Debaters from across the country and around the world traveled to Dallas last week for the fourth year of what are known as the Old Parkland debates. The event was held in a new multi-million dollar state-of-the-art “debate-plex.”
A dozen high school debate teams descended on the Old Parkland Hospital. Billionaire Harlan Crow has renovated the site and added something that makes debaters drool - an American colonial-style, state-of-the-art oak debate hall. The goal? Be one of the two best teams to make the final round in this hall.
“This room is magnificent,” said Byron Arthur, coach of the visiting debaters from New Orleans. “I worry that in this age, debate is a forgotten art. A room like this pays homage to the history of debate. It’s a beautiful thing, it’s a civil thing, But yet it’s a very important part of our tradition in the United States.”
A Dallas team is among the competitors. It’s from the Hockaday School, which has a strong debate tradition. Three young women want make it to this grand hall. In order to do that, Hockaday coach Charles Walts says they’ve got to do better than last year.
“We didn’t do well,” Walts says. “It was kind of our first outing into that format and we got worked pretty hard.”
This year’s team has practiced for weeks. They recently gathered in a small room at Hockaday, typing notes on their laptops preparing their arguments.
Kaleigh Beacham, at 15, is the youngest member of the team. She's in the 10th grade. She loves researching tough issues -- she also loves the gamesmanship of debate.
“I like the competition element. It’s really fun to be able to sort of test out your skills and test out your strategy against another person. And I also love to write, so I love writing cases,” Kaleigh says.
Teammate Sahar Massoudian, an 11th grader, also likes the pressure.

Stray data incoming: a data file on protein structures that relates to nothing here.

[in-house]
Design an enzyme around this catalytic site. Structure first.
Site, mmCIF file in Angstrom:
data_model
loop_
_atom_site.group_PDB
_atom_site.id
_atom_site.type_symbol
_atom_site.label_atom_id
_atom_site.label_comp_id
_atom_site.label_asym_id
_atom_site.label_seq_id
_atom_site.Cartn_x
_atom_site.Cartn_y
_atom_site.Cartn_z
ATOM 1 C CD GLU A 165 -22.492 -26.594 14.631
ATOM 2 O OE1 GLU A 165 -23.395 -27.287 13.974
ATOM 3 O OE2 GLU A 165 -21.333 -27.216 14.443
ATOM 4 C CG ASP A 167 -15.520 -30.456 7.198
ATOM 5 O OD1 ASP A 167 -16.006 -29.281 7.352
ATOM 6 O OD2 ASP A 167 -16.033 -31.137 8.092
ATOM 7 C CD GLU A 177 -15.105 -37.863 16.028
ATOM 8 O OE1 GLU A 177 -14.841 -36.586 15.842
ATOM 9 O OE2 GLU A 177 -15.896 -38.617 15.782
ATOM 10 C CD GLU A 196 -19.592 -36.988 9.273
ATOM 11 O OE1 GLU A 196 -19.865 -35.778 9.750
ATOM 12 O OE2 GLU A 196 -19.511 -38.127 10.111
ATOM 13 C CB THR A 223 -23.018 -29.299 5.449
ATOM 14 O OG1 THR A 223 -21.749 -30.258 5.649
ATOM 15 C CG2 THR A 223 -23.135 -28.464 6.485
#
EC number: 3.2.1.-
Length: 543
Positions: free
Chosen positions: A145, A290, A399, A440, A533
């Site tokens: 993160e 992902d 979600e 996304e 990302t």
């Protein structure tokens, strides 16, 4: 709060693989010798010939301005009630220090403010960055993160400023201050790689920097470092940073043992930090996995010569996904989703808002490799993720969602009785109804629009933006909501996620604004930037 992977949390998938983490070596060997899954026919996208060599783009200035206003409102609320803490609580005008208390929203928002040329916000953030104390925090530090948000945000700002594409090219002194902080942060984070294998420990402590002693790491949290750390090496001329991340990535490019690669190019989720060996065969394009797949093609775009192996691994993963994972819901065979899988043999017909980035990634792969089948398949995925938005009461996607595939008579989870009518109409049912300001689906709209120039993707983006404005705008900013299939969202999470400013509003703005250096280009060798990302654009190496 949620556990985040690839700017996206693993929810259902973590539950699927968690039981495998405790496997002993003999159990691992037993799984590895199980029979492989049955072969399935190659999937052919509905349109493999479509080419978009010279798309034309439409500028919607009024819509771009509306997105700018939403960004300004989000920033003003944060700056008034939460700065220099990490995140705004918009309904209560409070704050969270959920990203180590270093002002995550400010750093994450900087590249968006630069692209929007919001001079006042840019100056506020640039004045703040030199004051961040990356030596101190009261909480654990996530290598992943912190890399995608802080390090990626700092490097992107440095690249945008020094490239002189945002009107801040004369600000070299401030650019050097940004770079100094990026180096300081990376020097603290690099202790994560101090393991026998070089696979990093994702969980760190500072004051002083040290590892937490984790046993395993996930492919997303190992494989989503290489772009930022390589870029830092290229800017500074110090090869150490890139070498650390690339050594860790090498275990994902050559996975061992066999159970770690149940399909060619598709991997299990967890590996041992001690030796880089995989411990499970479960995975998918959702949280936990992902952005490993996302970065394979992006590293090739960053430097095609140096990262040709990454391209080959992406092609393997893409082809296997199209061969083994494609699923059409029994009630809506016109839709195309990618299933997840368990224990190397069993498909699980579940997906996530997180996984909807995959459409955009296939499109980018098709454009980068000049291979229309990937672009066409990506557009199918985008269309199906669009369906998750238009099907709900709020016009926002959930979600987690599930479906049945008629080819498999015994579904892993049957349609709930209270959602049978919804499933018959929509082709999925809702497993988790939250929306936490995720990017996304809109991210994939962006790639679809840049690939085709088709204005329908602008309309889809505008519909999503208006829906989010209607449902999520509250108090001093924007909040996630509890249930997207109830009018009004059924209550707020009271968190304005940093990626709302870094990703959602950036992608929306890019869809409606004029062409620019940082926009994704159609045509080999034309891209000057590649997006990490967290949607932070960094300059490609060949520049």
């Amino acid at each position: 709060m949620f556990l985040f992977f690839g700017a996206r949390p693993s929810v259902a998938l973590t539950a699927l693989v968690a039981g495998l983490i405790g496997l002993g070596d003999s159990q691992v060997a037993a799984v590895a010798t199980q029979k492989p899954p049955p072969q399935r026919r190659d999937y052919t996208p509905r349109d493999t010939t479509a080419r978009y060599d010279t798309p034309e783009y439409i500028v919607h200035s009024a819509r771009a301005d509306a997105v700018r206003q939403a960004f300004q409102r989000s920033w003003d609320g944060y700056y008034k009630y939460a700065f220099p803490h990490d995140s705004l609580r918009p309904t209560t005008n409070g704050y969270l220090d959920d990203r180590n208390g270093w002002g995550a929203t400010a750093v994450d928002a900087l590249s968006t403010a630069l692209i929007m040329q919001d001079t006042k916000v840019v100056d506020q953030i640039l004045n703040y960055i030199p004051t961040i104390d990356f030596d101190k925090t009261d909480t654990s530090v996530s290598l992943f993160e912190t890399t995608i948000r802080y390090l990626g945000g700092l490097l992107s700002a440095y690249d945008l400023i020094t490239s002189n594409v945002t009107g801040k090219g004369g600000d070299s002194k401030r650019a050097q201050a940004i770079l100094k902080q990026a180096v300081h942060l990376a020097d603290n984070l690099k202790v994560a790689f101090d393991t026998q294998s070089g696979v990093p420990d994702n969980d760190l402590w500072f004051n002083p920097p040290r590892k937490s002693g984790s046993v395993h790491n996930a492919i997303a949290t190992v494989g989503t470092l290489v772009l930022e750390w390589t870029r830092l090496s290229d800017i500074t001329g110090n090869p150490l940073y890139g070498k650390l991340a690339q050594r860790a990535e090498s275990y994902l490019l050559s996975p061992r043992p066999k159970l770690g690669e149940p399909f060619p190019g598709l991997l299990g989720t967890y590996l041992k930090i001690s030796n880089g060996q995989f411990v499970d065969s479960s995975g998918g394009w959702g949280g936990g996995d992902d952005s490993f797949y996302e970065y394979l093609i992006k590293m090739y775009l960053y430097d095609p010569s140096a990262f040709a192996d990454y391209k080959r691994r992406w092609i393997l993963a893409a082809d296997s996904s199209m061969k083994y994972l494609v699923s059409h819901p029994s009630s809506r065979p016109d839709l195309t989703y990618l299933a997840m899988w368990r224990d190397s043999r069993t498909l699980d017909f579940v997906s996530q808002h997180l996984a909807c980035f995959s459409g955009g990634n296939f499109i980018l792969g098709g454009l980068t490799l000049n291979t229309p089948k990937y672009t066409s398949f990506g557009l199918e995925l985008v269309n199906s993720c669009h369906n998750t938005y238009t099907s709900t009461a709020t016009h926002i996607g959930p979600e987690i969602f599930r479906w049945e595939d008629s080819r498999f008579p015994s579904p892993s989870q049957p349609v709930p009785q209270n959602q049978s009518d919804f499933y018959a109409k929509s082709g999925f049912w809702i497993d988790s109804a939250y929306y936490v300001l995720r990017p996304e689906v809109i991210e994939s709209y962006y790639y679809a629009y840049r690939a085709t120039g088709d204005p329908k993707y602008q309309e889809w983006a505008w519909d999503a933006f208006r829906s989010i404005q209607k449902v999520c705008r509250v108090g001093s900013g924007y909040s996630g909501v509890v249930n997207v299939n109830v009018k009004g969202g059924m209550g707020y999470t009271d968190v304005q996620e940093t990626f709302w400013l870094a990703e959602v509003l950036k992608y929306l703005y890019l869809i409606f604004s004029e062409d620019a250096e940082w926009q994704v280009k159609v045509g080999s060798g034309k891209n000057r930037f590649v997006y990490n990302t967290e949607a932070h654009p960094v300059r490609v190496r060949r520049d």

“I have seven minutes,” Sahar says. “How much can I get into that seven minutes to make it the most effective thing that’s going to be able to persuade my judge, persuade my opponent, everybody, that I’m right and my opponent is wrong?”
The Hockaday team debated for five hours Friday on five different topics. They knew all subjects in advance. In most debates, they even knew the side they would argue. But not on the last, final round. That was up to a coin toss.
The topic? Whether unilateral military action is justified to minimize nuclear proliferation.
To be ready, Hockaday students, including Emma Deshpande, weighed all sides.
“We kind of set the standard for who is and who isn’t allowed to own these nuclear weapons through a lens of 'American values' and what we see as our democratic principles, which is pretty neo-colonialist because it fails to take into account kind of the relative cultures of those different countries,” Emma says.
The team discussed how to argue the opposing side. Kaleigh was typing her teams’ arguments.
“The opposition part? Should we try to stop nuclear proliferation like doubting whether it would be a bad thing in all cases, like is it a big enough threat to where we should do this anyway?” Kaleigh wonders. “And do we need to stop it in the first place?”
During this final debate Friday, Hockaday won the coin toss and got to pick the side. They chose what may be the tougher route - arguing against unilateral military action.
The team says it likes contrarian views. In this debate, Hockaday may have chosen the steeper climb but also failed to reach the top. Its Canadian competitors won the last debate.
Still, Sahar was pleased with her team’s performance.
“This resolution kind of affects me personally because I’m Iranian,” Sahar says. “So I honestly enjoyed being opposition because I feel like I was able to express views the U.S. may not agree with or the current political sphere doesn’t agree with. I think it’s important to have these discussions, to hear different views.”
Her team did better than last year, but didn’t emerge among the top two. So Hockaday didn’t get to debate in the grand hall. Instead, the team from England defeated the debaters from Argentina.
Hockaday, however, hopes one day to return.